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Sequence Stratigraphy of the Lower Mississippian in Ohio and West Virginia: Origin of the Black Hand Sandstone as Incised Valley Fill



West Virginia Geological Survey, Morgantown, 26507,


West Virginia University, Morgantown, 26506


     Lower Mississippian sandstones of the Appalachian Basin have been primary exploration targets since the late 19th Century.  These distinct, north-south trending sandstones have been interpreted as everything from delta fronts to fluvial channels.  The Black Hand Sandstone of central Ohio may shed some light on the origin of these sandstones.  The Black Hand in outcrop is the stratigraphic equivalent of the Big Injun sandstone of the subsurface.  A coarse-grained, conglomeratic sandstone surrounded by finer-grained marine clastics, the Black Hand has always been an anomaly.  Interpretations range from distributary mouth bar to shoreline sand.  The Big Injun and Black Hand share several characteristics- lithology, narrow linear geometries, anomalous thickness, sharp basal contacts - commonly associated with incised valley deposits.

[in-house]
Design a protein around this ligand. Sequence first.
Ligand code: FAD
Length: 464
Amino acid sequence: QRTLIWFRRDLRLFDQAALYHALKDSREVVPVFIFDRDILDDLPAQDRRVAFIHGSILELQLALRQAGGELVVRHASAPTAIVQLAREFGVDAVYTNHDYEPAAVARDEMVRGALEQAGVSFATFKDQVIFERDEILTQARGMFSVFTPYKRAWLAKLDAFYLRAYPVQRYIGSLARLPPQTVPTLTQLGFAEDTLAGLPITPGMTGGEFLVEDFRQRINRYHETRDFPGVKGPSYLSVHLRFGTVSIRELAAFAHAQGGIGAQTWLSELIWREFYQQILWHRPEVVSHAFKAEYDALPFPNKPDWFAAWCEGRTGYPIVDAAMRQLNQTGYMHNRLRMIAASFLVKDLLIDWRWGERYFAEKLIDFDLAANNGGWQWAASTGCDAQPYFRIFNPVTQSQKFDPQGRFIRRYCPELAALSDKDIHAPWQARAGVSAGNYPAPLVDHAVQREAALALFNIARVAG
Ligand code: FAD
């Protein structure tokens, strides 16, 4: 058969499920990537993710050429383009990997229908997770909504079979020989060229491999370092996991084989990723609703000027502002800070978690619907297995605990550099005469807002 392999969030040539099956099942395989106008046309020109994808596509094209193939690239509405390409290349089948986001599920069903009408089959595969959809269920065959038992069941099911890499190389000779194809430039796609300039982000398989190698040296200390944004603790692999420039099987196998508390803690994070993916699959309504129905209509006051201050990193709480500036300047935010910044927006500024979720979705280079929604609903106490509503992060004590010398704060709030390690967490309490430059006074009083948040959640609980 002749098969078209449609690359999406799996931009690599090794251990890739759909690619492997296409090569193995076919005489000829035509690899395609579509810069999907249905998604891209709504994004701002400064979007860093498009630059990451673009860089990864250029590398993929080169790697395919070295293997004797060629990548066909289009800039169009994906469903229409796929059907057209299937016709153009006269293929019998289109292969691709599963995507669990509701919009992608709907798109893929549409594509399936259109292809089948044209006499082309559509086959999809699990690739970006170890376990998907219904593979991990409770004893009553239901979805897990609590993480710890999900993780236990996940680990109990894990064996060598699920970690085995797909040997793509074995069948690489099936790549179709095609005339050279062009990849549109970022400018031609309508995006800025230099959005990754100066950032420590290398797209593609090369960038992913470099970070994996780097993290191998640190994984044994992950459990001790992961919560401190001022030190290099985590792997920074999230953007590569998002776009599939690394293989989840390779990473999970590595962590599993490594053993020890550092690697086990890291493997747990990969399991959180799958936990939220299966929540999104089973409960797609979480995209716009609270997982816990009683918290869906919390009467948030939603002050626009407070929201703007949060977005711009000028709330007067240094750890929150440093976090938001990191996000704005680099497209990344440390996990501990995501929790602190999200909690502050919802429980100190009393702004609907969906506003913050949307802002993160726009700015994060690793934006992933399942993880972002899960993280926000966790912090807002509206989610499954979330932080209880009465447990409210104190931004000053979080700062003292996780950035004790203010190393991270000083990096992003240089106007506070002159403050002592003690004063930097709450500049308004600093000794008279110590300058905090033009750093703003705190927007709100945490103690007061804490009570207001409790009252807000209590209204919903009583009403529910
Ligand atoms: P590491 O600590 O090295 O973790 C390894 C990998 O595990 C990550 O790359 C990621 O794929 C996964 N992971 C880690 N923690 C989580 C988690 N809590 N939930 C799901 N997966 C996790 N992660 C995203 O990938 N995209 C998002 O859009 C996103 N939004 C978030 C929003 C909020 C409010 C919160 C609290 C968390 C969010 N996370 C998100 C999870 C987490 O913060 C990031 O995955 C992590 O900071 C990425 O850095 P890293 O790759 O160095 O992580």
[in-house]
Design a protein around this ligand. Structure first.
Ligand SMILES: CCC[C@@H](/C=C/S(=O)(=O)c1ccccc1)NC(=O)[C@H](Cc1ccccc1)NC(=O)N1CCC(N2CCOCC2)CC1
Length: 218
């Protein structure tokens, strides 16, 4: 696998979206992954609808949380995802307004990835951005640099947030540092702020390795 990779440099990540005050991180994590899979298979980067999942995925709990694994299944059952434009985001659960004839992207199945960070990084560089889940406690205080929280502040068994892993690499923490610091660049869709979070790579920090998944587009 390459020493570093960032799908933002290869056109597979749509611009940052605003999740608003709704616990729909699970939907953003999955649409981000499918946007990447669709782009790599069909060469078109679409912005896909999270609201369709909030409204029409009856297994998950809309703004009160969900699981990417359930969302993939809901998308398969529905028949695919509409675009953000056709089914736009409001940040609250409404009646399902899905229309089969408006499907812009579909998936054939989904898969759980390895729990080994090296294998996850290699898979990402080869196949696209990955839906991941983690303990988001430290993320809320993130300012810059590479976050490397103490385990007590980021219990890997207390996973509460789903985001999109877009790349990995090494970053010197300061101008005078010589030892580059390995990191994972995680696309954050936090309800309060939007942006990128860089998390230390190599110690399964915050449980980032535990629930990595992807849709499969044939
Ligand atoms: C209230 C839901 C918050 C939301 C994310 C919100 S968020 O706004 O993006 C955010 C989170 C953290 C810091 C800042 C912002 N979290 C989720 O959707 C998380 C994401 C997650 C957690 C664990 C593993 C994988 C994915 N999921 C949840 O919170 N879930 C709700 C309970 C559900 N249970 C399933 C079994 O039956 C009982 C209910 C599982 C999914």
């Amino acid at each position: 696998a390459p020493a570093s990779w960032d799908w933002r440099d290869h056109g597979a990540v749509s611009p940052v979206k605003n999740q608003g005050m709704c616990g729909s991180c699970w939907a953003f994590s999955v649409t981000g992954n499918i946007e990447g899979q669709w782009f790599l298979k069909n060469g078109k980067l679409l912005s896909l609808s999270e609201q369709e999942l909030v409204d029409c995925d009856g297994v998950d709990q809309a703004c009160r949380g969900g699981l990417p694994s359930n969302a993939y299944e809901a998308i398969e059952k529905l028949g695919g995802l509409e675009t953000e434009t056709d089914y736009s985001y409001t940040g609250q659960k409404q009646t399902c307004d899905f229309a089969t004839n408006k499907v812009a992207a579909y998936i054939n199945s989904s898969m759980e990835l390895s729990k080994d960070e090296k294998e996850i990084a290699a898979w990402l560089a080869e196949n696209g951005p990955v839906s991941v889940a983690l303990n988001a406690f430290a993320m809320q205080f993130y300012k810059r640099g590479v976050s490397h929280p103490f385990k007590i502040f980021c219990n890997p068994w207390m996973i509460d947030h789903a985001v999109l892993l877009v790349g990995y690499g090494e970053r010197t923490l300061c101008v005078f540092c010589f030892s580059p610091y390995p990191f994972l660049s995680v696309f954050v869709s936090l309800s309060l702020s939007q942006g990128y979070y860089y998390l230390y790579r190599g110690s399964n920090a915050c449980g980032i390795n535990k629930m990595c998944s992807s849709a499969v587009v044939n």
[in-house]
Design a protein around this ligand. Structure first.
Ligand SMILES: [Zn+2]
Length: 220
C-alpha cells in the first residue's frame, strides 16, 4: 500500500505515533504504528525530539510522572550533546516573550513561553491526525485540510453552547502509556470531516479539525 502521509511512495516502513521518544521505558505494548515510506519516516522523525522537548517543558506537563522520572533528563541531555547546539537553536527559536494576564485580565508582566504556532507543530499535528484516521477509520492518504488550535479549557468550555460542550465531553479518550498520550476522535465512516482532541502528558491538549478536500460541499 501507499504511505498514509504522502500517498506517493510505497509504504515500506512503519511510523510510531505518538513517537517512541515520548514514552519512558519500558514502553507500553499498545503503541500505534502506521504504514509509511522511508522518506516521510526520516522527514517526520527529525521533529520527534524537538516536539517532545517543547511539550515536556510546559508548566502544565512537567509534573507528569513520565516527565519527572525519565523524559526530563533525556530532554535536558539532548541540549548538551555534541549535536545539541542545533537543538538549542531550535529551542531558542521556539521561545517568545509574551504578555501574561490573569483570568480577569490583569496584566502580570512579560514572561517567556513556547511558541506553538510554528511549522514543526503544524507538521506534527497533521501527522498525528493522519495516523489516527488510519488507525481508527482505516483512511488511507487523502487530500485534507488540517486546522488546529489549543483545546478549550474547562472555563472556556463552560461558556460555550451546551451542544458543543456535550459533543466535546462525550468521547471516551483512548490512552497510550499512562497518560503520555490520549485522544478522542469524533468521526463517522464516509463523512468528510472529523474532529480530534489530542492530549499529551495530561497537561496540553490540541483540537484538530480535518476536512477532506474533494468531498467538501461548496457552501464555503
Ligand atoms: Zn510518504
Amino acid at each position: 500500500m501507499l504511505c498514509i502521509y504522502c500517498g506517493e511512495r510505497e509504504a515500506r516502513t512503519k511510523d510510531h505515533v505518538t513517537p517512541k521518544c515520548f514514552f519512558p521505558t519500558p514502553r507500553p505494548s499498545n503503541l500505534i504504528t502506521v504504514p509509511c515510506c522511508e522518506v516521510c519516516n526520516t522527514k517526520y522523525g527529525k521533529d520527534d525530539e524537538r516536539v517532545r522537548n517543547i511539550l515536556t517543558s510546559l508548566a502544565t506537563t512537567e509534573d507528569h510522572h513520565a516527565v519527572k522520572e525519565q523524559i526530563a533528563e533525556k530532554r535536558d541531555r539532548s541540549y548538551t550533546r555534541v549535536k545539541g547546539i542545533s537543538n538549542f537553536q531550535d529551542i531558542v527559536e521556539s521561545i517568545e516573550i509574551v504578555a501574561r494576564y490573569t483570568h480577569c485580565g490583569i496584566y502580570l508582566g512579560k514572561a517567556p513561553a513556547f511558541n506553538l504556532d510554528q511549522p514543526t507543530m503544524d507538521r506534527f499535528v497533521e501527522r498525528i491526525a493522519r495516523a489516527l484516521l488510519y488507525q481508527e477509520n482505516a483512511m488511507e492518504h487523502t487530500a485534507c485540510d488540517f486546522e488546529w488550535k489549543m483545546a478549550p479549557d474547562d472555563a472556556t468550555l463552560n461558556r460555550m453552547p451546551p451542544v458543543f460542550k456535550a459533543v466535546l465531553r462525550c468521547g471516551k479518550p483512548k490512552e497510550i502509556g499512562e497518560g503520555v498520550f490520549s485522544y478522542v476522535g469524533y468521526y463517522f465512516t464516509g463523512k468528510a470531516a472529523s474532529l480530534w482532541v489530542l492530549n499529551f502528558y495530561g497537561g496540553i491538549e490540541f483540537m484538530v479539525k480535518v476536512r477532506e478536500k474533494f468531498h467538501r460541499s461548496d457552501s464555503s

To reach a thickness of 500 feet, as seen in central Ohio, the Black Hand was probably deposited during a series of drops and recovery in relative sea level.  Several factors may have contributed.  Isostatic rebound of the Appalachian Foreland Basin during the Early Mississippian changed the basin geometry, resulting in rapid southwesterly progradation and contributed to lowering relative sea level and initiating incision.  An unconformity at the Kinderhookian-Osagean boundary in the mid-continent also implies a drop in relative sea level.  The cause is unclear, but may be related to glaciation of Gondwana suggested by tillites in South America. Available biostratigraphic data points to late Kinderhookian incision followed by a subsequent transgression during the early Osagean.  The Black Hand and Big Injun sandstones were deposited as valley fill during this transgression.